Remembering November 22, 1963: the Kennedy assassination

I’m writing down my recollection of the assassination of President John F. Kennedy, not because my experience was in any way special, but because my experience was in many ways typical, and because most Americans alive today have no memory of that terrible event.

Many more of us remember the terrorist attacks of September 11, 2001, which were equally shocking, tragic, and totally unexpected. But in some ways the Kennedy assassination was even more deeply painful than 9/11.

Most Americans did not personally know any of the thousands of victims of the 9/11 terrorists. But by November of 1963, most Americans felt some level of personal relationship with President Kennedy and his attractive family.

John F. Kennedy was our youngest ever, and most media-savvy chief executive up to that time. He made skillful use of television to vanquish his Republican opponent Richard M. Nixon in the first televised debate between presidential candidates. His campaign and White House made unprecedented use of photography to present the public with intimate pictures of the First Family. He and the First Lady, whom everyone just called “Jackie”, gave the first televised tour of the White House.

President Kennedy’s voice became so familiar that he was successfully parodied by the comedian and impersonator Vaughn Meader, who won the 1963 Grammy Album of the Year award for his recorded cornball comic impressions of the President, which millions of American families, including mine, bought and played in their homes.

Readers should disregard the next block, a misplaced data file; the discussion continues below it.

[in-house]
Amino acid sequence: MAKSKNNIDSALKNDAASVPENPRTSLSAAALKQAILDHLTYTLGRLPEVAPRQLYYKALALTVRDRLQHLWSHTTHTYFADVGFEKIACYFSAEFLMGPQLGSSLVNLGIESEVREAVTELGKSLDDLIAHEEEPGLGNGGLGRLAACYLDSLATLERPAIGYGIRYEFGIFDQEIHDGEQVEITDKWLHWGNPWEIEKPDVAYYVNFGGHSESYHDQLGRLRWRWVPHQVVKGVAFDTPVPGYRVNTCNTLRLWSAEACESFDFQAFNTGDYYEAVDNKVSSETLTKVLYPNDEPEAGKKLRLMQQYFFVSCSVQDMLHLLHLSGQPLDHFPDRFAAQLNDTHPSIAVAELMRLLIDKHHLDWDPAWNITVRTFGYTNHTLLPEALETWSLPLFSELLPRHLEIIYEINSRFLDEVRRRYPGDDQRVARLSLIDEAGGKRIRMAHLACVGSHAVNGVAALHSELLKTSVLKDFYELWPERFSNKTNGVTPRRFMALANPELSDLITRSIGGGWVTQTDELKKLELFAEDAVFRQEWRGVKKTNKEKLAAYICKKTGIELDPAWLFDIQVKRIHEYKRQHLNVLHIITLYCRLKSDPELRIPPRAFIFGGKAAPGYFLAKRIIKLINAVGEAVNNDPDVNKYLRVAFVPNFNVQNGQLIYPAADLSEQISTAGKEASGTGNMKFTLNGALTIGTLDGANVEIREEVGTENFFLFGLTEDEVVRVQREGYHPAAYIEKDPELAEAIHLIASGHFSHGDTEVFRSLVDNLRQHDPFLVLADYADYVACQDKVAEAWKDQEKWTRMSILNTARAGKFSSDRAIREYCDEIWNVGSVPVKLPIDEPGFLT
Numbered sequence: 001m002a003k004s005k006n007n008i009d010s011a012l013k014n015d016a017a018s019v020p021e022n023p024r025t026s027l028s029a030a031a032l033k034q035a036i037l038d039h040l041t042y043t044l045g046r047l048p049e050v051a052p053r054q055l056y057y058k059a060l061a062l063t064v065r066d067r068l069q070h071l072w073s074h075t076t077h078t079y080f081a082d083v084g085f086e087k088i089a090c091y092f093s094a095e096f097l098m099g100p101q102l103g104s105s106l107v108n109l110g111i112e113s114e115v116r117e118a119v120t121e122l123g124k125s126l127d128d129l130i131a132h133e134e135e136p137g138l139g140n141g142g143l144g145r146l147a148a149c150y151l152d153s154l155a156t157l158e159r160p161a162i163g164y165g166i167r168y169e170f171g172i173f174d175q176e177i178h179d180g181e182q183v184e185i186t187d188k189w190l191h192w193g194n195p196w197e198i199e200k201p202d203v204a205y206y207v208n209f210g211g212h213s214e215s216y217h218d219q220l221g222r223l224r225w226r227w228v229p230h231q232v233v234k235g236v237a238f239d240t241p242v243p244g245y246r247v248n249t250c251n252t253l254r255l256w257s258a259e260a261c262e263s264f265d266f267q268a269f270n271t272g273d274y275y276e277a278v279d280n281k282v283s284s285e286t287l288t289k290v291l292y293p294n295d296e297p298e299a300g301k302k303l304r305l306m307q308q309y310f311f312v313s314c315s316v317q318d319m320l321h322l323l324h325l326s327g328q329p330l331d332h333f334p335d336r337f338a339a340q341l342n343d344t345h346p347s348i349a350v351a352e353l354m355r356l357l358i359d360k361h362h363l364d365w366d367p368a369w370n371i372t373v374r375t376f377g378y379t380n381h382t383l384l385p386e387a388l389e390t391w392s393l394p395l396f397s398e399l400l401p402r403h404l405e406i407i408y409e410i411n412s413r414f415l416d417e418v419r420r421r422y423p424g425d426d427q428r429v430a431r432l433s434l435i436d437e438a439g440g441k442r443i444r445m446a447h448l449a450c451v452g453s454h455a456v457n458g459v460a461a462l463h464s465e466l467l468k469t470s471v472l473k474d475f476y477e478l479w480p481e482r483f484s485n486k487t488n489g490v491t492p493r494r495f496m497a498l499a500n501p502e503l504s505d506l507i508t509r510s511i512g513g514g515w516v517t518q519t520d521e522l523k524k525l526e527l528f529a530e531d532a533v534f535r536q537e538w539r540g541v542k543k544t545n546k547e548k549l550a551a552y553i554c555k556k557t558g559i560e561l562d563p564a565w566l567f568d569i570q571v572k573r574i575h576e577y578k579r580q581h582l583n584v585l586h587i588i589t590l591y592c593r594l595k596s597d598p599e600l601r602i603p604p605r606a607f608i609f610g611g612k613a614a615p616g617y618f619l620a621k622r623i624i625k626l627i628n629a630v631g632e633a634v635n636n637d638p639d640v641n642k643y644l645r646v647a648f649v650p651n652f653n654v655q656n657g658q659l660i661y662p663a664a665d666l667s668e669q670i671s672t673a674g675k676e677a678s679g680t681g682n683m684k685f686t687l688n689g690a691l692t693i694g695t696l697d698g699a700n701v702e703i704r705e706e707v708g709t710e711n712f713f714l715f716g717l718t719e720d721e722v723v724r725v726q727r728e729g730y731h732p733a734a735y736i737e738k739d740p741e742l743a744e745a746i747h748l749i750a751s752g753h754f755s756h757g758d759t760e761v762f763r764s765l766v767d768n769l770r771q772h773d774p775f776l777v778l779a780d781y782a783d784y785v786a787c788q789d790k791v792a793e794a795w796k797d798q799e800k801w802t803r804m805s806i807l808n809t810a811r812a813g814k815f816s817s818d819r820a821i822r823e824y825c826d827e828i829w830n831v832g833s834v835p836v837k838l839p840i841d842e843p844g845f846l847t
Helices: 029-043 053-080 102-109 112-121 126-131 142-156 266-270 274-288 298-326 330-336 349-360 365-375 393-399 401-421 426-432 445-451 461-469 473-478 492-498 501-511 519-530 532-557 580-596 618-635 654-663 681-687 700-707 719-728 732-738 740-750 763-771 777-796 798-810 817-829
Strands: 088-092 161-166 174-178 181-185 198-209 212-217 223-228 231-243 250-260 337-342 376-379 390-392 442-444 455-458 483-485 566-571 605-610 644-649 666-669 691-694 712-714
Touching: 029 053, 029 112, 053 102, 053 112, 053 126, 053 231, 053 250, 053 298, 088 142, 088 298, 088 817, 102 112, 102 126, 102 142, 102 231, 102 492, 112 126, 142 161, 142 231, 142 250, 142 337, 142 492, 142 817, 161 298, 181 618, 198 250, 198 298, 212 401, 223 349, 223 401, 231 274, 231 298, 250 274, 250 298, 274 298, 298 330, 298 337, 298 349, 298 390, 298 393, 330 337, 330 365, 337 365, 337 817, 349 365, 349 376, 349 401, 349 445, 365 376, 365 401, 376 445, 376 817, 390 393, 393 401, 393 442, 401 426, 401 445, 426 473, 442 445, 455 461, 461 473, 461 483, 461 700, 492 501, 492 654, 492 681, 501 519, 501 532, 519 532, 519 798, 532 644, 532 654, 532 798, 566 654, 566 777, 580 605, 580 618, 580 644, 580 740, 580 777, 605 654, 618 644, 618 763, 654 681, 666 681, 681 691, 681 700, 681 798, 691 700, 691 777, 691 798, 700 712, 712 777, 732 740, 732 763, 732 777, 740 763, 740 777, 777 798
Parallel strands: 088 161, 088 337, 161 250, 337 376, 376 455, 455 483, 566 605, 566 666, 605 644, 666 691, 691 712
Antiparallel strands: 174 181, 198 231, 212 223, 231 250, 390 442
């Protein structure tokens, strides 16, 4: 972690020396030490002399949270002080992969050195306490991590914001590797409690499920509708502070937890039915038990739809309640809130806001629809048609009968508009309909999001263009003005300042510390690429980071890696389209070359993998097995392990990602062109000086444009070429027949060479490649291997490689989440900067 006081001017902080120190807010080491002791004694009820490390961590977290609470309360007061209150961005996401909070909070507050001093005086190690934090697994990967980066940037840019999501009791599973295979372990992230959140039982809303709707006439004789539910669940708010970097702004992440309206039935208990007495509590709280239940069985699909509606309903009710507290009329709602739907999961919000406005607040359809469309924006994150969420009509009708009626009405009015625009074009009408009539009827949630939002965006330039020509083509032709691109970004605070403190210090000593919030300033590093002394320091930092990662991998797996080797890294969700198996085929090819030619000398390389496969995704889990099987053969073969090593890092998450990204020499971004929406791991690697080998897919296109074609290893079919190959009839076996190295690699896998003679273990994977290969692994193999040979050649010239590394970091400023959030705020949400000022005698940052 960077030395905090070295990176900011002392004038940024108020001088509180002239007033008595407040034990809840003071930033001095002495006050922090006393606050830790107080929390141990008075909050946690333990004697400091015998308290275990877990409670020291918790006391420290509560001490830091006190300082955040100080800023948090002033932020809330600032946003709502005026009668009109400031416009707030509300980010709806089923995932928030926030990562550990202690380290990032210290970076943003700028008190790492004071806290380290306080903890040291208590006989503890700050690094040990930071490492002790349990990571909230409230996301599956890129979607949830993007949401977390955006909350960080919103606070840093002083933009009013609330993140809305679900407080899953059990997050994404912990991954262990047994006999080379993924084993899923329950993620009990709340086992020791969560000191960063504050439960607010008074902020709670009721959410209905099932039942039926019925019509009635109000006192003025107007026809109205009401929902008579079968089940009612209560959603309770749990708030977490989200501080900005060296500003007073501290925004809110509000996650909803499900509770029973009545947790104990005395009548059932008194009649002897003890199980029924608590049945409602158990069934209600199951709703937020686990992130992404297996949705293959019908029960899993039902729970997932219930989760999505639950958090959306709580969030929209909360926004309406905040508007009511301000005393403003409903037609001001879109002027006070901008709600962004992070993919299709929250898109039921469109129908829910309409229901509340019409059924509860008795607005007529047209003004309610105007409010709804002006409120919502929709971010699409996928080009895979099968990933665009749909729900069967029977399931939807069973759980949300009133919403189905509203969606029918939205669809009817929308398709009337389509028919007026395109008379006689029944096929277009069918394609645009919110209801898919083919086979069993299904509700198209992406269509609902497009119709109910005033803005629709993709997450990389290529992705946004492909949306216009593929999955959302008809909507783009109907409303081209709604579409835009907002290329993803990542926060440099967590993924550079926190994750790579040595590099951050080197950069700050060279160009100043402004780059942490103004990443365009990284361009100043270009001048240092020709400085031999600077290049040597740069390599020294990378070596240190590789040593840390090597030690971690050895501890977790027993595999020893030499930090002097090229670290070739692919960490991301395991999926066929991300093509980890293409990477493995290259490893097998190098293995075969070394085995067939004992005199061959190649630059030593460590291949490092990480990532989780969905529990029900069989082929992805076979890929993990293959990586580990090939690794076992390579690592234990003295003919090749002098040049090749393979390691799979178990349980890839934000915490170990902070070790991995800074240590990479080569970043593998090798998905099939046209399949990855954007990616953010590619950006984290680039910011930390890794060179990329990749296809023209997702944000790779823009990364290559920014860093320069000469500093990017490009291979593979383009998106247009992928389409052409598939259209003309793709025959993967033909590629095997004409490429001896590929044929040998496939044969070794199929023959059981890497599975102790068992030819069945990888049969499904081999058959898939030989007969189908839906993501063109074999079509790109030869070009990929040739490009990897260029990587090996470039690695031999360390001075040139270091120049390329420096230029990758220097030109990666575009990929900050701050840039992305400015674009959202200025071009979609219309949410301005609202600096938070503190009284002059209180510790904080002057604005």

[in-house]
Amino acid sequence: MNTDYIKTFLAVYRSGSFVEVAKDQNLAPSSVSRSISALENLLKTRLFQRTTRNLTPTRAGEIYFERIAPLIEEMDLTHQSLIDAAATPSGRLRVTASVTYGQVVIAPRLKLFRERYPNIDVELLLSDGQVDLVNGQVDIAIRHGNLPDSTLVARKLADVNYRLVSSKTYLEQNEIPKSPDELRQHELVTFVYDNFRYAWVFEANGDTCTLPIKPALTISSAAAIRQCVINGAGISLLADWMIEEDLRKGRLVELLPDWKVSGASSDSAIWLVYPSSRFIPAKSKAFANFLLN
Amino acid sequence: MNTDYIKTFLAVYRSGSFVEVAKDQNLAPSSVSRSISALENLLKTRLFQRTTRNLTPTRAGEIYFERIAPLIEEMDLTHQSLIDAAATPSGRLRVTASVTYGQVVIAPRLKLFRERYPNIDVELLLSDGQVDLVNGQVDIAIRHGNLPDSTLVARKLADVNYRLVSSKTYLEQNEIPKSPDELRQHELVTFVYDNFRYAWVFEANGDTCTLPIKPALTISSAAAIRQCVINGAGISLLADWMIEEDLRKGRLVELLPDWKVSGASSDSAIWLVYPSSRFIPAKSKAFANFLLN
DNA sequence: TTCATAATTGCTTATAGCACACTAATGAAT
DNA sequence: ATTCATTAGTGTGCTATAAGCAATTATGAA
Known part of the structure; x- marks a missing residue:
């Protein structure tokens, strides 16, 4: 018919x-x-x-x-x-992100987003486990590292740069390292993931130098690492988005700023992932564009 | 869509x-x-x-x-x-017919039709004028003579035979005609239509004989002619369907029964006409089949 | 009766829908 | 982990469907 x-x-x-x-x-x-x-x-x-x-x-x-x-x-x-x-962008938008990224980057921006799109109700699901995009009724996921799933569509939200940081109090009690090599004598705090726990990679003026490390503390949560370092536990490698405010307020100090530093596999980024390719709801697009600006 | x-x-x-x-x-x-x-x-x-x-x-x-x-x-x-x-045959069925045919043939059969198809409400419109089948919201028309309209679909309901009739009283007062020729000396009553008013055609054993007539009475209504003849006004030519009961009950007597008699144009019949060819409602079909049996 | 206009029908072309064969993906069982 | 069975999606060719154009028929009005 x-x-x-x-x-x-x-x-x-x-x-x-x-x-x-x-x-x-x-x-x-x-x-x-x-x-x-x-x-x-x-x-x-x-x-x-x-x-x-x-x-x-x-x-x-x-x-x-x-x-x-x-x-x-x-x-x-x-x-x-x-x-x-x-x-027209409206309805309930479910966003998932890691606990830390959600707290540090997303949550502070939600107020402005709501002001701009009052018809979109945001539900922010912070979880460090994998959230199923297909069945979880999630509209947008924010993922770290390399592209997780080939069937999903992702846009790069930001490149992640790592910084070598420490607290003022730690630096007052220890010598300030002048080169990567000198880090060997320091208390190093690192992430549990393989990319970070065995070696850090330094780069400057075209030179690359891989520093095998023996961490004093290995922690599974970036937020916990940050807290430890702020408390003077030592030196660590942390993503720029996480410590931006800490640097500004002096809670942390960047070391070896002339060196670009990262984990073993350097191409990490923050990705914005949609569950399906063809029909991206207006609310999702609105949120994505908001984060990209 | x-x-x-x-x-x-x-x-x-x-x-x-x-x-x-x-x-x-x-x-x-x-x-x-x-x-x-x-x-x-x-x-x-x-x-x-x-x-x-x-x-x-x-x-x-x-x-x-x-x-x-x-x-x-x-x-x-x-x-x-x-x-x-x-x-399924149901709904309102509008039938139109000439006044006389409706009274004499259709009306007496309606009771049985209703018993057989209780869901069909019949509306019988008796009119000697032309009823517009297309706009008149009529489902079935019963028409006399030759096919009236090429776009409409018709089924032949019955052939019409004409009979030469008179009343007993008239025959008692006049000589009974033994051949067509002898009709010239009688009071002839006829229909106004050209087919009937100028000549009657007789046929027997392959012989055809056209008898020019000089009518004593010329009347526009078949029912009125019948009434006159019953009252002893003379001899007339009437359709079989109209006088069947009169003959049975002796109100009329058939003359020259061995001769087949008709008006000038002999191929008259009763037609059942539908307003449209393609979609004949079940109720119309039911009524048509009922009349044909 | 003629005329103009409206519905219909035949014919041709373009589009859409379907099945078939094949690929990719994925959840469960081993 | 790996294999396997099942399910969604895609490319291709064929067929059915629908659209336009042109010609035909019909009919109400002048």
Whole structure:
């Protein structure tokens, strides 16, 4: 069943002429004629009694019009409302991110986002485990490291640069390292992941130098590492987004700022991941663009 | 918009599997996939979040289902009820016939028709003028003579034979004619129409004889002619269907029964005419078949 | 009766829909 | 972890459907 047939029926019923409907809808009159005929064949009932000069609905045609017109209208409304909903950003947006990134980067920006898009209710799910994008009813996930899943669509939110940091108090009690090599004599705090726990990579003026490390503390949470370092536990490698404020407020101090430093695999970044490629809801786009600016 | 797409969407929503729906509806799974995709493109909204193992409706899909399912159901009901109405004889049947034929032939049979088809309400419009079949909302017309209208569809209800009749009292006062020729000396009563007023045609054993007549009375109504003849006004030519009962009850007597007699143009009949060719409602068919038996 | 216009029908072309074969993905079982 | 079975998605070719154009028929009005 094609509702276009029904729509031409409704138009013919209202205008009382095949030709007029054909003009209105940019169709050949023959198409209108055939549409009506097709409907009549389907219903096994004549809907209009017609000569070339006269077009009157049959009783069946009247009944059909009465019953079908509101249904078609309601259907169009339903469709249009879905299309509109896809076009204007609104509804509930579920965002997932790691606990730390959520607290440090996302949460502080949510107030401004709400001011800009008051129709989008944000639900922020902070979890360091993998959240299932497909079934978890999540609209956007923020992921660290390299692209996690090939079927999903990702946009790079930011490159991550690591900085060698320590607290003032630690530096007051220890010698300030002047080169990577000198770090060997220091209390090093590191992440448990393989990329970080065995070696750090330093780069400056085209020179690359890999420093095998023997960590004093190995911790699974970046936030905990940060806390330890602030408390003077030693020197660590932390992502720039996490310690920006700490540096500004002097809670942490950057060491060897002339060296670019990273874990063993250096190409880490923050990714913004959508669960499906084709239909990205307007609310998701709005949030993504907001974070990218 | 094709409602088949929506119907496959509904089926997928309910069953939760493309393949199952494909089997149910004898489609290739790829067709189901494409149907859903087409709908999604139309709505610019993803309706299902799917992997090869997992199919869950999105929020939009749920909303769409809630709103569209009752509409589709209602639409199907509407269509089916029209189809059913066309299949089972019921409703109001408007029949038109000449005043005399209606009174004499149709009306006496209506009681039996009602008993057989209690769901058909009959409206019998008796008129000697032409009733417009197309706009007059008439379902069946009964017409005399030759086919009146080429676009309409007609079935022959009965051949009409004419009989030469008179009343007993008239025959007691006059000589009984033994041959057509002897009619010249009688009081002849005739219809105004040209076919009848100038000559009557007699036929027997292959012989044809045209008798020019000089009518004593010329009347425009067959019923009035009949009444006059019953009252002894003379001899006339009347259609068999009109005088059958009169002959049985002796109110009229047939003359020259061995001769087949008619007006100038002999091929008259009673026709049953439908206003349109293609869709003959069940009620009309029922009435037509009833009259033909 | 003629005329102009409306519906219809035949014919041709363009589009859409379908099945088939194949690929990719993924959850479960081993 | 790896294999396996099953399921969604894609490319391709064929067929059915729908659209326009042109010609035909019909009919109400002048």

President Kennedy worked hard and successfully at creating an impression of “vigor” to characterize his presidency and inspire Americans about our common future. Americans felt they knew the First Family intimately. Everyone knew the name of Caroline Kennedy’s pony, “Macaroni”.

So the assassination of President Kennedy was not just a national tragedy, it was for millions of Americans a deeply personal tragedy, like the unexpected loss of a very close and beloved family member.

I was in 10th grade, the first year of the three-grade high school I attended in Dearborn, Michigan. Late in the afternoon on Friday, November 22, we were changing classes. As I walked down a flight of stairs, a girl in my grade looked up at me and shouted, “President Kennedy is dead! I’m not kidding!”

We were quickly informed of what was known. My last class of the day was “Health”, and the teacher insisted on proceeding with the class as though nothing unusual had happened. We squirmed even more than usual until dismissal. On the school bus riding home, some of my classmates had transistor radios, and we listened to the unprecedented live coverage which confirmed the unbelievable events we had previously heard only by word of mouth.

My mother, though qualified as a registered nurse, stayed home while raising my sister and me. She had heard nothing when I burst through the door shouting, “Turn on the TV! Turn on the TV!”

Like most American families, we watched television continuously for four days, including the murder of the assassin Lee Harvey Oswald broadcast live as it happened, through the state funeral on Monday, sharing the grief of the Kennedy family.

There followed a dark and fearful end of the year. What did this mean for America? Was there a conspiracy? Were the Communists behind the assassination? Would we ever enjoy anything again?

In late December, I first heard about an English musical group called, I thought, the “beetles”. In January their recordings took America by storm. They arrived in New York in February and performed live on the Ed Sullivan Show on CBS television. America decided to breathe again, relax, and have some fun. Little did we know.

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